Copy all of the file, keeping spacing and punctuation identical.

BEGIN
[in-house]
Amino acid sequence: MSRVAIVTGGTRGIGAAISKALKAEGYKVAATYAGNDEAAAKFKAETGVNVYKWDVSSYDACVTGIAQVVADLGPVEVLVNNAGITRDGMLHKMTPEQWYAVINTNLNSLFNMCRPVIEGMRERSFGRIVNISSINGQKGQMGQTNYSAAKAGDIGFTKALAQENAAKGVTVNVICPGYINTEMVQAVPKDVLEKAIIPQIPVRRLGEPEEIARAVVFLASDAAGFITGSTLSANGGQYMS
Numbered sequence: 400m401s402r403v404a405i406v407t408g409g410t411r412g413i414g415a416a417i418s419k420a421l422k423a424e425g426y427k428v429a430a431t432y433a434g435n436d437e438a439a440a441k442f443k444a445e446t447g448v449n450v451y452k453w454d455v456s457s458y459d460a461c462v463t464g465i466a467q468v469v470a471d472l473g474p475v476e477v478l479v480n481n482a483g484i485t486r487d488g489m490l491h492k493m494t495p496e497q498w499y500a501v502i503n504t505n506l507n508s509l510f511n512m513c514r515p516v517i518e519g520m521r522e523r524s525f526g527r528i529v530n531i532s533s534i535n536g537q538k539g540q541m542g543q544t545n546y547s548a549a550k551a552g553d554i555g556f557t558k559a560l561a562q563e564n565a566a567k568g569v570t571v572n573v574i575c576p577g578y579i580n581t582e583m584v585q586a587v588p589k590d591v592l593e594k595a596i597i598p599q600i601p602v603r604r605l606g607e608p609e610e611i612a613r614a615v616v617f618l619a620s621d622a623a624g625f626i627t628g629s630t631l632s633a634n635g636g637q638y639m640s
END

[in-house]
Amino acid sequence: MSRVAIVTGGTRGIGAAISKALKAEGYKVAATYAGNDEAAAKFKAETGVNVYKWDVSSYDACVTGIAQVVADLGPVEVLVNNAGITRDGMLHKMTPEQWYAVINTNLNSLFNMCRPVIEGMRERSFGRIVNISSINGQKGQMGQTNYSAAKAGDIGFTKALAQENAAKGVTVNVICPGYINTEMVQAVPKDVLEKAIIPQIPVRRLGEPEEIARAVVFLASDAAGFITGSTLSANGGQYMS
Numbered sequence: 400m401s402r403v404a405i406v407t408g409g410t411r412g413i414g415a416a417i418s419k420a421l422k423a424e425g426y427k428v429a430a431t432y433a434g435n436d437e438a439a440a441k442f443k444a445e446t447g448v449n450v451y452k453w454d455v456s457s458y459d460a461c462v463t464g465i466a467q468v469v470a471d472l473g474p475v476e477v478l479v480n481n482a483g484i485t486r487d488g489m490l491h492k493m494t495p496e497q498w499y500a501v502i503n504t505n506l507n508s509l510f511n512m513c514r515p516v517i518e519g520m521r522e523r524s525f526g527r528i529v530n531i532s533s534i535n536g537q538k539g540q541m542g543q544t545n546y547s548a549a550k551a552g553d554i555g556f557t558k559a560l561a562q563e564n565a566a567k568g569v570t571v572n573v574i575c576p577g578y579i580n581t582e583m584v585q586a587v588p589k590d591v592l593e594k595a596i597i598p599q600i601p602v603r604r605l606g607e608p609e610e611i612a613r614a615v616v617f618l619a620s621d622a623a624g625f626i627t628g629s630t631l632s633a634n635g636g637q638y639m640s